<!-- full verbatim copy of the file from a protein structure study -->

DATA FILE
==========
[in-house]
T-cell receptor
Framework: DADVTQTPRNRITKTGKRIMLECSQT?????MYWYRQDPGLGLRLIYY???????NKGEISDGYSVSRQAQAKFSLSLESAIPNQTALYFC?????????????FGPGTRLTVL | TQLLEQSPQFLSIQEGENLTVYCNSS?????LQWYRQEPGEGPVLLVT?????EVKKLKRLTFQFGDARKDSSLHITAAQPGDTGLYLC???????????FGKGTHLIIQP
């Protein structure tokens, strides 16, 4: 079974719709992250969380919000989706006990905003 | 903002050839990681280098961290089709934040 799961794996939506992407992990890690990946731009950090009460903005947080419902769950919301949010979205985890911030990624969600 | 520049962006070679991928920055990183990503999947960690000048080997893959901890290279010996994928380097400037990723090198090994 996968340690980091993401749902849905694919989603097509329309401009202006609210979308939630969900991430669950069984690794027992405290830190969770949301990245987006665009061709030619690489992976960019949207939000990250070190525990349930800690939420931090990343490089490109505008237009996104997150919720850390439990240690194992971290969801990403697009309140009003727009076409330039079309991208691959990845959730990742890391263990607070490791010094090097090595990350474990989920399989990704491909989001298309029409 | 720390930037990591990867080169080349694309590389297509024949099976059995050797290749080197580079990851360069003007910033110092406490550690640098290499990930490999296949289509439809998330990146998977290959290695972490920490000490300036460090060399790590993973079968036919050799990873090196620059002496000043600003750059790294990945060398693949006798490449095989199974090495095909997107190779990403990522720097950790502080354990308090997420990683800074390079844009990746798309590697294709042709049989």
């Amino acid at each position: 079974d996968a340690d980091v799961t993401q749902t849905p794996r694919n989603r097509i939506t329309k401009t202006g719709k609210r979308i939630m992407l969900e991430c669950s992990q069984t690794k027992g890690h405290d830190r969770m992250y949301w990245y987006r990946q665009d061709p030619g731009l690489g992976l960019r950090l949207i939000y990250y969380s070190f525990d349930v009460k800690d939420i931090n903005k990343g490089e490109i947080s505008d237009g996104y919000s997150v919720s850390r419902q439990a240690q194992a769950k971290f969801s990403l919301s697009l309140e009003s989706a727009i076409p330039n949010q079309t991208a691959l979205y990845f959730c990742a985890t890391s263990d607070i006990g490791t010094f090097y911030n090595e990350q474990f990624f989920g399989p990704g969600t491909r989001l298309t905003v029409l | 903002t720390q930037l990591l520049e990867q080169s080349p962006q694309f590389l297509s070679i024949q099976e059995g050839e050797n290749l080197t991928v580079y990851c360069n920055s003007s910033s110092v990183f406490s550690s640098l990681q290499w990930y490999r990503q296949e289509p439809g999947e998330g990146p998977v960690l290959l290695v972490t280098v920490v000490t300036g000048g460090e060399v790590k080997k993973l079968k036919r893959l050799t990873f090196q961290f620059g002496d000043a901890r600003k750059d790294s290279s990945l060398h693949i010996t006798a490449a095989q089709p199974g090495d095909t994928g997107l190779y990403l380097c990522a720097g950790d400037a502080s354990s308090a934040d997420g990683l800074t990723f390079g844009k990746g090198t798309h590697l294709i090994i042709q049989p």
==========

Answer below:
[in-house]
T-cell receptor
Framework: DADVTQTPRNRITKTGKRIMLECSQT?????MYWYRQDPGLGLRLIYY???????NKGEISDGYSVSRQAQAKFSLSLESAIPNQTALYFC?????????????FGPGTRLTVL | TQLLEQSPQFLSIQEGENLTVYCNSS?????LQWYRQEPGEGPVLLVT?????EVKKLKRLTFQFGDARKDSSLHITAAQPGDTGLYLC???????????FGKGTHLIIQP
């Protein structure tokens, strides 16, 4: 079974719709992250969380919000989706006990905003 | 903002050839990681280098961290089709934040 799961794996939506992407992990890690990946731009950090009460903005947080419902769950919301949010979205985890911030990624969600 | 520049962006070679991928920055990183990503999947960690000048080997893959901890290279010996994928380097400037990723090198090994 996968340690980091993401749902849905694919989603097509329309401009202006609210979308939630969900991430669950069984690794027992405290830190969770949301990245987006665009061709030619690489992976960019949207939000990250070190525990349930800690939420931090990343490089490109505008237009996104997150919720850390439990240690194992971290969801990403697009309140009003727009076409330039079309991208691959990845959730990742890391263990607070490791010094090097090595990350474990989920399989990704491909989001298309029409 | 720390930037990591990867080169080349694309590389297509024949099976059995050797290749080197580079990851360069003007910033110092406490550690640098290499990930490999296949289509439809998330990146998977290959290695972490920490000490300036460090060399790590993973079968036919050799990873090196620059002496000043600003750059790294990945060398693949006798490449095989199974090495095909997107190779990403990522720097950790502080354990308090997420990683800074390079844009990746798309590697294709042709049989």
């Amino acid at each position: 079974d996968a340690d980091v799961t993401q749902t849905p794996r694919n989603r097509i939506t329309k401009t202006g719709k609210r979308i939630m992407l969900e991430c669950s992990q069984t690794k027992g890690h405290d830190r969770m992250y949301w990245y987006r990946q665009d061709p030619g731009l690489g992976l960019r950090l949207i939000y990250y969380s070190f525990d349930v009460k800690d939420i931090n903005k990343g490089e490109i947080s505008d237009g996104y919000s997150v919720s850390r419902q439990a240690q194992a769950k971290f969801s990403l919301s697009l309140e009003s989706a727009i076409p330039n949010q079309t991208a691959l979205y990845f959730c990742a985890t890391s263990d607070i006990g490791t010094f090097y911030n090595e990350q474990f990624f989920g399989p990704g969600t491909r989001l298309t905003v029409l | 903002t720390q930037l990591l520049e990867q080169s080349p962006q694309f590389l297509s070679i024949q099976e059995g050839e050797n290749l080197t991928v580079y990851c360069n920055s003007s910033s110092v990183f406490s550690s640098l990681q290499w990930y490999r990503q296949e289509p439809g999947e998330g990146p998977v960690l290959l290695v972490t280098v920490v000490t300036g000048g460090e060399v790590k080997k993973l079968k036919r893959l050799t990873f090196q961290f620059g002496d000043a901890r600003k750059d790294s290279s990945l060398h693949i010996t006798a490449a095989q089709p199974g090495d095909t994928g997107l190779y990403l380097c990522a720097g950790d400037a502080s354990s308090a934040d997420g990683l800074t990723f390079g844009k990746g090198t798309h590697l294709i090994i042709q049989p």